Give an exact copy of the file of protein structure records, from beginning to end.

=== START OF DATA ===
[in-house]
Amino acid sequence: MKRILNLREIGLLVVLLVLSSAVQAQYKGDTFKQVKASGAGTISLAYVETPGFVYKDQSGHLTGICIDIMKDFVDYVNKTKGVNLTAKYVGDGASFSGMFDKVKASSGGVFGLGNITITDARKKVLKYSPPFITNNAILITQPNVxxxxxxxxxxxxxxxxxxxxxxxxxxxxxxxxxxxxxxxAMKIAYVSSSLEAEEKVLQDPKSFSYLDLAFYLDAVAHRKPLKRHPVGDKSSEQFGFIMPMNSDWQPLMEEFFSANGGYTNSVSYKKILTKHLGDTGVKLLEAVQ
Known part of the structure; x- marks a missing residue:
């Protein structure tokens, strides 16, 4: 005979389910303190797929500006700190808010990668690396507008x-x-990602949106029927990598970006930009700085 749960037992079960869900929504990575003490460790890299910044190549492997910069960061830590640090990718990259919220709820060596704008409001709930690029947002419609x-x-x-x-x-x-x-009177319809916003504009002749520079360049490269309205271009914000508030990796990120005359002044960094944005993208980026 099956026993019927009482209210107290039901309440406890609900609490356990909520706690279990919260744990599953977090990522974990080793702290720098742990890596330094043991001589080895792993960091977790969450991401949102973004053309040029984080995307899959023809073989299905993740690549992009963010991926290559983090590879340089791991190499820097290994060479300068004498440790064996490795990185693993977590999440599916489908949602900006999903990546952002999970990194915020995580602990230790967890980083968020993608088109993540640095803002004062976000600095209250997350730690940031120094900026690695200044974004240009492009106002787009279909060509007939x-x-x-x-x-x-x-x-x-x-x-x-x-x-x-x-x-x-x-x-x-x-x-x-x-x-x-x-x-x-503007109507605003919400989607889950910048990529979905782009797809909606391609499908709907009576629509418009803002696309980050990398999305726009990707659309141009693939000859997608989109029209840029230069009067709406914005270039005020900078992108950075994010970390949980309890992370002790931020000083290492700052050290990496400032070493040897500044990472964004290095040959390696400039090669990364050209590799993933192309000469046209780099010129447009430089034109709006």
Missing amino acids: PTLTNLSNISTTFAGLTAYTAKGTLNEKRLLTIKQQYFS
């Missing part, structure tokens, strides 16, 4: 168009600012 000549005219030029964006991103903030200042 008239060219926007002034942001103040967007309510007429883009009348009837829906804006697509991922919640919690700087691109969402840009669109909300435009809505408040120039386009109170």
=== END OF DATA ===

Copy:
[in-house]
Amino acid sequence: MKRILNLREIGLLVVLLVLSSAVQAQYKGDTFKQVKASGAGTISLAYVETPGFVYKDQSGHLTGICIDIMKDFVDYVNKTKGVNLTAKYVGDGASFSGMFDKVKASSGGVFGLGNITITDARKKVLKYSPPFITNNAILITQPNVxxxxxxxxxxxxxxxxxxxxxxxxxxxxxxxxxxxxxxxAMKIAYVSSSLEAEEKVLQDPKSFSYLDLAFYLDAVAHRKPLKRHPVGDKSSEQFGFIMPMNSDWQPLMEEFFSANGGYTNSVSYKKILTKHLGDTGVKLLEAVQ
Known part of the structure; x- marks a missing residue:
């Protein structure tokens, strides 16, 4: 005979389910303190797929500006700190808010990668690396507008x-x-990602949106029927990598970006930009700085 749960037992079960869900929504990575003490460790890299910044190549492997910069960061830590640090990718990259919220709820060596704008409001709930690029947002419609x-x-x-x-x-x-x-009177319809916003504009002749520079360049490269309205271009914000508030990796990120005359002044960094944005993208980026 099956026993019927009482209210107290039901309440406890609900609490356990909520706690279990919260744990599953977090990522974990080793702290720098742990890596330094043991001589080895792993960091977790969450991401949102973004053309040029984080995307899959023809073989299905993740690549992009963010991926290559983090590879340089791991190499820097290994060479300068004498440790064996490795990185693993977590999440599916489908949602900006999903990546952002999970990194915020995580602990230790967890980083968020993608088109993540640095803002004062976000600095209250997350730690940031120094900026690695200044974004240009492009106002787009279909060509007939x-x-x-x-x-x-x-x-x-x-x-x-x-x-x-x-x-x-x-x-x-x-x-x-x-x-x-x-x-x-503007109507605003919400989607889950910048990529979905782009797809909606391609499908709907009576629509418009803002696309980050990398999305726009990707659309141009693939000859997608989109029209840029230069009067709406914005270039005020900078992108950075994010970390949980309890992370002790931020000083290492700052050290990496400032070493040897500044990472964004290095040959390696400039090669990364050209590799993933192309000469046209780099010129447009430089034109709006």
Missing amino acids: PTLTNLSNISTTFAGLTAYTAKGTLNEKRLLTIKQQYFS
């Missing part, structure tokens, strides 16, 4: 168009600012 000549005219030029964006991103903030200042 008239060219926007002034942001103040967007309510007429883009009348009837829906804006697509991922919640919690700087691109969402840009669109909300435009809505408040120039386009109170």